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Opinion

Commentary: Still Learning How To Control Kids' Use Of Texting

http://66.225.205.104/CM20101109.mp3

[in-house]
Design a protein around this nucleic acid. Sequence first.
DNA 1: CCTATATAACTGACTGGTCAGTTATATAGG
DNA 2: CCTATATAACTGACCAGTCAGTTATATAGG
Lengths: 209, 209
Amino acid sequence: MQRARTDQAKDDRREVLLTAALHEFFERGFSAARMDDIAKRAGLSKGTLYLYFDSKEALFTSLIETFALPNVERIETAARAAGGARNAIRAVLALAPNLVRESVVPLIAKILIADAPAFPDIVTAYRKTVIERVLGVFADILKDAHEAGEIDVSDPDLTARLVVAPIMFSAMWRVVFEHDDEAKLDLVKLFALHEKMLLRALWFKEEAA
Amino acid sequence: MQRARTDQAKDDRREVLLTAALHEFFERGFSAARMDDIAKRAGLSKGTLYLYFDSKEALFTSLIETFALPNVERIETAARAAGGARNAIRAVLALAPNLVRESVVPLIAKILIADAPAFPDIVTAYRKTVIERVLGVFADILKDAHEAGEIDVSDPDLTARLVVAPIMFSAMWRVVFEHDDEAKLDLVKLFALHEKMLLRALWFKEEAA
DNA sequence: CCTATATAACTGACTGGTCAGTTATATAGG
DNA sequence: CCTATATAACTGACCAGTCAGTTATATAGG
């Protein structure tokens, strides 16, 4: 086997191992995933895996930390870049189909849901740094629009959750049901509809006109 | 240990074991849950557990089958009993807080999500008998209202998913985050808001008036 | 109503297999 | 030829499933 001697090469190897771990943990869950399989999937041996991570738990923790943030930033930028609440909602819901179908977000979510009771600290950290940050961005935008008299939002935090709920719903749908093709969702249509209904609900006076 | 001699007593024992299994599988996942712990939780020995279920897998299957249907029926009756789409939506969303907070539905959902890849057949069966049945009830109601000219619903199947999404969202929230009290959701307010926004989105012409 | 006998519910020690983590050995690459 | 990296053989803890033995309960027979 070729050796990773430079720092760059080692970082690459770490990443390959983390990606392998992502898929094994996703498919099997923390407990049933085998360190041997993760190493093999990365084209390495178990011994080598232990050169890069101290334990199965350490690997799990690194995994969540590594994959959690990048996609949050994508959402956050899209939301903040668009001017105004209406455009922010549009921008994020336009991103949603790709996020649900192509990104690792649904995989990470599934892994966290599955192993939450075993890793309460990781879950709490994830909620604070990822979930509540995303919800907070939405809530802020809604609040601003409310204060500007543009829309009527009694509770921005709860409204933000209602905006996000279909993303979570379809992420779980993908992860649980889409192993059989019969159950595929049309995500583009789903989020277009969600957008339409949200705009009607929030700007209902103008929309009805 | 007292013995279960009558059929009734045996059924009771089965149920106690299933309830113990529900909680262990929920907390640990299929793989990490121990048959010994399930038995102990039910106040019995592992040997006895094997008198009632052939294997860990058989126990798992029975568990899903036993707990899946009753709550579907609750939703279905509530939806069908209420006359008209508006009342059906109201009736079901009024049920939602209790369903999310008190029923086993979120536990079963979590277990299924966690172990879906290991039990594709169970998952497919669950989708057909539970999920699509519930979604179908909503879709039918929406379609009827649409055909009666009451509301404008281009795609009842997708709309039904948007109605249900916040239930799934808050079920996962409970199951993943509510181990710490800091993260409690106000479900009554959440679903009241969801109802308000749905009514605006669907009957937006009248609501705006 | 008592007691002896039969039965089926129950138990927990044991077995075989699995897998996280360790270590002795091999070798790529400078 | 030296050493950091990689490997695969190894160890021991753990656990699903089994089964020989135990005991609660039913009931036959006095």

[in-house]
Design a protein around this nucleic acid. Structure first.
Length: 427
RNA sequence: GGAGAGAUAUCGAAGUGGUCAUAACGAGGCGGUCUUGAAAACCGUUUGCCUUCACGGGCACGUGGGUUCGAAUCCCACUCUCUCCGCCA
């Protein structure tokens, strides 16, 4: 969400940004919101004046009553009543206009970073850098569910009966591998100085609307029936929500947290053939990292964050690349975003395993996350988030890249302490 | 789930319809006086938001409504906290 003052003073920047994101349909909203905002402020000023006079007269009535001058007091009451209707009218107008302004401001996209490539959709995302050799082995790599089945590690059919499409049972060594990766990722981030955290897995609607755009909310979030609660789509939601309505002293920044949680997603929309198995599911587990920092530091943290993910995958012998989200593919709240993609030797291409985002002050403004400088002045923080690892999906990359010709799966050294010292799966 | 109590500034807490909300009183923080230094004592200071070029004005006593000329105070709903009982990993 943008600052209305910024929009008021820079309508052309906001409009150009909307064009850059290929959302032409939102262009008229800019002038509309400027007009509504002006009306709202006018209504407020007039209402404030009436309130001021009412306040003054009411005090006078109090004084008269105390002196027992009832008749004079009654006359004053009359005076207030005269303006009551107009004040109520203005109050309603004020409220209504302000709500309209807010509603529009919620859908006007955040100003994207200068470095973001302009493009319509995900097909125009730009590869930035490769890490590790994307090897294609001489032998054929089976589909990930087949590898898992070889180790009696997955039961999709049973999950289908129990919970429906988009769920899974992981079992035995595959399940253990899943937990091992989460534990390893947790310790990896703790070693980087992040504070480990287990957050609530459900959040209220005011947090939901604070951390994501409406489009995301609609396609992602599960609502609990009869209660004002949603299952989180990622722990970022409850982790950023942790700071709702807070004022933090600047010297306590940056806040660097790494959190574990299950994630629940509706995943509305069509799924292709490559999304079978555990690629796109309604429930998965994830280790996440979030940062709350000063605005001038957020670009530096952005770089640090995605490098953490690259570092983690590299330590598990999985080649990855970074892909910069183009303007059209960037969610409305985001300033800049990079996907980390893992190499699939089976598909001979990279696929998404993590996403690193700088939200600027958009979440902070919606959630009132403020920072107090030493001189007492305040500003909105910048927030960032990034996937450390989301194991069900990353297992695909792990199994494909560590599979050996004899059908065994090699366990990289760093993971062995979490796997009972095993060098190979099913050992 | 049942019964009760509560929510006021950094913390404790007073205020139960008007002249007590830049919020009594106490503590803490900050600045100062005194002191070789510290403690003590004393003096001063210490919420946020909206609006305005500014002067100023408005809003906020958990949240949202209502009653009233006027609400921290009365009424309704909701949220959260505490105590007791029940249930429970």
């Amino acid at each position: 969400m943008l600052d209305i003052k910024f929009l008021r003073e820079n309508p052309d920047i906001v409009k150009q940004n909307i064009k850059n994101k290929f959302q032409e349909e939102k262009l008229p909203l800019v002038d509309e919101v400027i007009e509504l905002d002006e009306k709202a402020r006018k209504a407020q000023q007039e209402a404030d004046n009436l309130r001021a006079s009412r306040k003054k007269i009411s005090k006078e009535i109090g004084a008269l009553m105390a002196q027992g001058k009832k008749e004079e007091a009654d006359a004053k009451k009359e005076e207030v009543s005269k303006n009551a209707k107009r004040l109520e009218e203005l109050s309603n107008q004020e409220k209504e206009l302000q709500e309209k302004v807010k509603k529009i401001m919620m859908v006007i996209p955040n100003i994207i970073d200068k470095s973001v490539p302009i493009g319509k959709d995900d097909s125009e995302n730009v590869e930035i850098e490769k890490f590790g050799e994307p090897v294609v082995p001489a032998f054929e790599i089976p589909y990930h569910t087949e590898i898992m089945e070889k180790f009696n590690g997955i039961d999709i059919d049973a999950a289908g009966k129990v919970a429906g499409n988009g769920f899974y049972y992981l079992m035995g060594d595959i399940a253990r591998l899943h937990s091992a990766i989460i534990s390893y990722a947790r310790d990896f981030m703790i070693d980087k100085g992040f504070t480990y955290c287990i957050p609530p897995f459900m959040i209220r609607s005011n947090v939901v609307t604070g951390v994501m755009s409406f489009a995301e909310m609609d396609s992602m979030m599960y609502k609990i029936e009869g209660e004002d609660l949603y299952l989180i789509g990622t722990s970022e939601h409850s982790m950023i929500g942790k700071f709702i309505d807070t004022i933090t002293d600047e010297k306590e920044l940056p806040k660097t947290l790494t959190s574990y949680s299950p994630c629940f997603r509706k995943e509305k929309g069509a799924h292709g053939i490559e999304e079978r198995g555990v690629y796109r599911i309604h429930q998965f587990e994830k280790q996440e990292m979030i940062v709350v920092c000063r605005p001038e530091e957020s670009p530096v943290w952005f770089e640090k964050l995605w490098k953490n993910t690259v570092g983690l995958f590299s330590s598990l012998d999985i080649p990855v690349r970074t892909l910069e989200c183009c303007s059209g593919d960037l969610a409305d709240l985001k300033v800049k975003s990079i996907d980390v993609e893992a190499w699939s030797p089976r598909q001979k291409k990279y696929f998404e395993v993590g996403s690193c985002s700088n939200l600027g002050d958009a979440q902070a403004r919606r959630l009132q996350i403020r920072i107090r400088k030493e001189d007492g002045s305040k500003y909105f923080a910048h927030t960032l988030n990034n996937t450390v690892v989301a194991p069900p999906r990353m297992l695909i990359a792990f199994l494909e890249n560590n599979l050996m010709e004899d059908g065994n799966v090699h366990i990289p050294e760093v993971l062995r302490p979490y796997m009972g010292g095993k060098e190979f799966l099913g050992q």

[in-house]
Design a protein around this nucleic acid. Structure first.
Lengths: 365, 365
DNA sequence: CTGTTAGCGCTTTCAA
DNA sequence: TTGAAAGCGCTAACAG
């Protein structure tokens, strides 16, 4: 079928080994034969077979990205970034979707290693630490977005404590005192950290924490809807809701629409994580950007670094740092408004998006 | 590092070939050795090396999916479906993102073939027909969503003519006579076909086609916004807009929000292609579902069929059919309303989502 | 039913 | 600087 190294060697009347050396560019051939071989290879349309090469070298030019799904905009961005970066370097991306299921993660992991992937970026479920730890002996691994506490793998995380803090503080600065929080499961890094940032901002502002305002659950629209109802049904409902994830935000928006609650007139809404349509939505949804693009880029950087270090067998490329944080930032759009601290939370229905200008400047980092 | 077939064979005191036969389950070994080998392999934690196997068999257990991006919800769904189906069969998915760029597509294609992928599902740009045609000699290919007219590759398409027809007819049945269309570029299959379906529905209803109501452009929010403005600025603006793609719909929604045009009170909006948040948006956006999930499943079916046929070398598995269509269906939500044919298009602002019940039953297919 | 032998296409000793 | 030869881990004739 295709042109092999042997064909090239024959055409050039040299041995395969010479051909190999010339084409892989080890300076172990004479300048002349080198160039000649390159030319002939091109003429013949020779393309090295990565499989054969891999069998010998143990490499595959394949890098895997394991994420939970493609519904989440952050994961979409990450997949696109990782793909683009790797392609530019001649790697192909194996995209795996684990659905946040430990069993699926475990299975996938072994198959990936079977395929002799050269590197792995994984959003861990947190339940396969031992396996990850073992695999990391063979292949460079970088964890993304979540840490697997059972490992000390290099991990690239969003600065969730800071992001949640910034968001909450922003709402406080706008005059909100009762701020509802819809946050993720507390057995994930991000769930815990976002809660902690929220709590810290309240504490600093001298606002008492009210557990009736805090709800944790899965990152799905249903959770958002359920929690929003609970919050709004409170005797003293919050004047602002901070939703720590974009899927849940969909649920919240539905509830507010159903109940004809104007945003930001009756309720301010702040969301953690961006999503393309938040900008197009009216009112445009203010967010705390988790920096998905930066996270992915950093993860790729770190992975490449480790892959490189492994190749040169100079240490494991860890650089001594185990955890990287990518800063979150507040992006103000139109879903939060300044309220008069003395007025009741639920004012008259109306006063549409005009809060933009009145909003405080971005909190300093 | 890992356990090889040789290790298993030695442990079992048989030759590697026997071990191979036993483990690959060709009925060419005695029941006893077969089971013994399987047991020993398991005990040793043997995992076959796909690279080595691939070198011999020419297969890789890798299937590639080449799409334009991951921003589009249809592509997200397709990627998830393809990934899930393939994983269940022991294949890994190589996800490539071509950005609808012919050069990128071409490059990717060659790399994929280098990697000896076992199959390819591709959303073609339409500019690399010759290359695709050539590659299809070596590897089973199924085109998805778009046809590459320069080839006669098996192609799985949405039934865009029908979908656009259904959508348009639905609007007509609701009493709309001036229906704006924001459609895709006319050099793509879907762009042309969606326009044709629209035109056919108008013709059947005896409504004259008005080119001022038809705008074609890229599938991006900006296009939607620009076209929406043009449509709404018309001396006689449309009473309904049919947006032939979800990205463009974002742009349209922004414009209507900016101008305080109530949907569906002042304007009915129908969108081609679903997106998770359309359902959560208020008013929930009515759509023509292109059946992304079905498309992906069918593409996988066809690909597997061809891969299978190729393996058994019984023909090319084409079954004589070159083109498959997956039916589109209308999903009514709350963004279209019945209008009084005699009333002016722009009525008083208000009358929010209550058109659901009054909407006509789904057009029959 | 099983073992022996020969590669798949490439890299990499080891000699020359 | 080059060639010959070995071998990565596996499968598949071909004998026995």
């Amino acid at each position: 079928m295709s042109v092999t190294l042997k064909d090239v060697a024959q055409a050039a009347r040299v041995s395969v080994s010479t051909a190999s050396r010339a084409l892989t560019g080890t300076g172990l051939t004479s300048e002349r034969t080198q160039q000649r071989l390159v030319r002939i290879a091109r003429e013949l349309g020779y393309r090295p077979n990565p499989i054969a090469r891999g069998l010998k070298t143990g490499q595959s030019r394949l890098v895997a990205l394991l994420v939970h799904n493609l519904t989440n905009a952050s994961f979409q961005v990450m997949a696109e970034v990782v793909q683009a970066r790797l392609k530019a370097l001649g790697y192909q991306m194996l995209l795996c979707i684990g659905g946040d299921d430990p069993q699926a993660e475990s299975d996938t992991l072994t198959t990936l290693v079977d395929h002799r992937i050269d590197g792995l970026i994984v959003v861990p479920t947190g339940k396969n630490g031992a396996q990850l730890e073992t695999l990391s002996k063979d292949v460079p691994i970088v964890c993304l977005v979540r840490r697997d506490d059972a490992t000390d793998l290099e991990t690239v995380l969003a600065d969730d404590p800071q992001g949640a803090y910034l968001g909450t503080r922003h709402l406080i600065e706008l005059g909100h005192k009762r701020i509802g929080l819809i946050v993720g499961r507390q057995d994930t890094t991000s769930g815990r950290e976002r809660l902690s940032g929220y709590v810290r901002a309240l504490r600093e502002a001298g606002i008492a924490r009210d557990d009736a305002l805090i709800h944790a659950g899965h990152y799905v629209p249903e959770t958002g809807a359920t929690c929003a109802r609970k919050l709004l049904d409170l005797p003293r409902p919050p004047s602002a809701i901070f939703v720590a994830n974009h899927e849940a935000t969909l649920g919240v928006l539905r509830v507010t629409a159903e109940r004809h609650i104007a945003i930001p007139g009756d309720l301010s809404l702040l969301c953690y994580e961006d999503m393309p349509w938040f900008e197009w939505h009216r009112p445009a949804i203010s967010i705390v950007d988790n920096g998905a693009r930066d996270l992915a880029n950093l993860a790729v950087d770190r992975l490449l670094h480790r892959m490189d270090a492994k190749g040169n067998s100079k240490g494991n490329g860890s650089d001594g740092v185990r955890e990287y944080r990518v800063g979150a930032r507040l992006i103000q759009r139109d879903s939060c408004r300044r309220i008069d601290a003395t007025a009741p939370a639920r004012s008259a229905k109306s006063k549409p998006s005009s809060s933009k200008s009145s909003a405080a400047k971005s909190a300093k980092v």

One of the tenets of parenting is saying no, and that's what I said for years when my kids asked for cell phones. I don't like them. I don't like listening to other people's one way conversations. I think people who drive while they talk on their cell phones are trying to kill me. And I deplore that they've created the expectation that everyone is always available. Cell phones are expensive. They have lousy sound quality. They break when you drop them. But it's the 21st century, and I've lost this argument. I held out until not having a cell phone became a hardship. Pay phones have disappeared. And there was one too many incidents where I fought traffic to show up at an event, only to find it had been cancelled. My kids insisted they were the only people in their peer group who didn't have cell phones, but I didn't care. My answer to their query became "when you start high school," and alas, that day came. By this time people didn't just have phones, they could text, and they could get the internet on their tiny screens, where they access everything from re-runs of "Lost," to Eminem's latest music video. So we bought a family plan, and learned immediately that the phone company makes its money off people who buy a limited number of text messages, only to exceed the limit. A sample plan is for 500 incoming and outgoing messages a month, which is nothing. A recent study conducted by the Pew Research Center concluded that the average high school girl sends 100 texts a day. We got our first bill, and of course, our kids' actual number of text messages far exceeded the limit we had purchased. So we switched to unlimited texting. This was akin to bringing a glutton to the all-you- can-eat buffet. The sheer volume of text messages on our next bill was shocking. Each of our kids had thousands of messages. I had 56. When we averaged their usage, it equaled about 50 texts an hour, for each waking hour every day. So we took away their phones. We talked to their friends' parents. Only a few had any idea of how often their kids text. Reponses ranged from, "it's the way they communicate now," to "I really don't want to know." This is parenting today. Changing technology is being adapted at breakneck speed, without the luxury of guidelines or norms. While the kids seem to instinctively understand new technology, parents are busy working, cooking, and cleaning. We are not only behind the learning curve, we are overwhelmed by it. And many of us who use this new technology abuse it as much as our kids do. Next time you are at a meeting, check out how many people are covertly texting instead of paying attention to the event at hand. I don't know what an acceptable level of texting is, but I know there are of a lot of things my kids should be doing instead. Emptying the garbage, studying for tests, helping me make dinner. Between I-Pods, television, video games, and cell phones, we are training our kids to live their lives through small and large screens, rather than with real people doing real things. My kids got their phones back accompanied by a lecture and a set of rules. I am striving to be reasonable without being a ludite. It's quite a challenge. But in my question to raise responsible adults, I am compelled to urge restrain in regard to text and toward whatever the next technical wave brings. Wish me luck.